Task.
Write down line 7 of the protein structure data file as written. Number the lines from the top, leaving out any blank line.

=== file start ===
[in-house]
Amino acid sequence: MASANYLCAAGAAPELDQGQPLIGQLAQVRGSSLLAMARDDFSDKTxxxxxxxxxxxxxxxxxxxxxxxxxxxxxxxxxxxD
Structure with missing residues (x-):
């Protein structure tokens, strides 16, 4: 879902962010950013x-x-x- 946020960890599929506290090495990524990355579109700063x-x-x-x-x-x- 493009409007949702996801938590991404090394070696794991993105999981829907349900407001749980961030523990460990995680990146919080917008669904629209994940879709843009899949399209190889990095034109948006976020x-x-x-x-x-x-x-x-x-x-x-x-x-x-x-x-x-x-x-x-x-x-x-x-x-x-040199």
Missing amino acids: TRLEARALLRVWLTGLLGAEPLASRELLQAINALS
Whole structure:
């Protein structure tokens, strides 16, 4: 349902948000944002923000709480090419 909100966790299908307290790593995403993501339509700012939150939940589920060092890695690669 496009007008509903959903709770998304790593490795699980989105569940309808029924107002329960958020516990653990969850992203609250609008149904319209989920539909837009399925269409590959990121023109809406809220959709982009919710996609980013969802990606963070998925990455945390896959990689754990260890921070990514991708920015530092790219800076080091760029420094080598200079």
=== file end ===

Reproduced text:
């Protein structure tokens, strides 16, 4: 349902948000944002923000709480090419 909100966790299908307290790593995403993501339509700012939150939940589920060092890695690669 496009007008509903959903709770998304790593490795699980989105569940309808029924107002329960958020516990653990969850992203609250609008149904319209989920539909837009399925269409590959990121023109809406809220959709982009919710996609980013969802990606963070998925990455945390896959990689754990260890921070990514991708920015530092790219800076080091760029420094080598200079």